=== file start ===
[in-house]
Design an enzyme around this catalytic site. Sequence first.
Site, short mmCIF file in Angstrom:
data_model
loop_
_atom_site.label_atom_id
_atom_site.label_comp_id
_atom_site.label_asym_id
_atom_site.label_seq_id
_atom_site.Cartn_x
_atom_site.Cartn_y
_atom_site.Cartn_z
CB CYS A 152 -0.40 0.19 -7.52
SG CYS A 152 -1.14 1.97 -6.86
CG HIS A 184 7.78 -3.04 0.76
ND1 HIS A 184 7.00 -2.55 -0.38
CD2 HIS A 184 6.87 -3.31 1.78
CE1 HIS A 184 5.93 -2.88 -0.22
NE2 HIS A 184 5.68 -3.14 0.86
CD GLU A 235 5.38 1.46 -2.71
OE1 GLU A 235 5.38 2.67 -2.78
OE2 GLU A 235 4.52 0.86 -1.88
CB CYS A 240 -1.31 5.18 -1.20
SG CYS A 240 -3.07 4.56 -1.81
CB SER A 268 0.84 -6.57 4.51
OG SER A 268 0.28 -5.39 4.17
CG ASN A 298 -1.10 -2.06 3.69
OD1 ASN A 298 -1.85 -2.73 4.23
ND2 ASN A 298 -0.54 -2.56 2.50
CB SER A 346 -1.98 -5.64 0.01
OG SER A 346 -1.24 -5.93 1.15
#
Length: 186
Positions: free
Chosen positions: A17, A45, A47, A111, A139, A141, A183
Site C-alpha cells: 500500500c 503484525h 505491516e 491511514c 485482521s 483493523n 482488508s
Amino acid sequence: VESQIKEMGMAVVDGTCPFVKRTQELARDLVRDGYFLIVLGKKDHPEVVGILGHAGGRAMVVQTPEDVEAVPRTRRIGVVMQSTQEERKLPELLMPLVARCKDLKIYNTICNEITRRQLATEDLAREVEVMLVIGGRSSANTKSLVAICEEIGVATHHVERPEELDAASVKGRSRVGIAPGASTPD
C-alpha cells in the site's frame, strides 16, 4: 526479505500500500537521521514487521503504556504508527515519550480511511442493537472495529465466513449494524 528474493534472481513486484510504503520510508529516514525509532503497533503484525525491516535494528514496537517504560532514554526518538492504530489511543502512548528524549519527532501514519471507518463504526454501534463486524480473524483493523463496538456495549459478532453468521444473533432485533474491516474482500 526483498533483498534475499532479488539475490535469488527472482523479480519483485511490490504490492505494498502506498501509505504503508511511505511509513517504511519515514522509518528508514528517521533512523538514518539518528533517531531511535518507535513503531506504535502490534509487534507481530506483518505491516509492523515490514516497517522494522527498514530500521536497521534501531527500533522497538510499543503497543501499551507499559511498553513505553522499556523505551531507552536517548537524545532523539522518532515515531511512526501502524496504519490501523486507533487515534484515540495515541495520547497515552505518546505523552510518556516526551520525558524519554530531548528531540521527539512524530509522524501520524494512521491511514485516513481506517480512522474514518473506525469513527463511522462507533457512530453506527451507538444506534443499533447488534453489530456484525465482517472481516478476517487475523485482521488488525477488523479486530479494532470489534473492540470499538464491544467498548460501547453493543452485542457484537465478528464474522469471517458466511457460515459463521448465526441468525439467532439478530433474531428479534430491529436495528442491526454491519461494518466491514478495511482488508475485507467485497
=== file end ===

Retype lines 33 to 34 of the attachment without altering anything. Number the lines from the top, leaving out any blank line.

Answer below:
Length: 186
Positions: free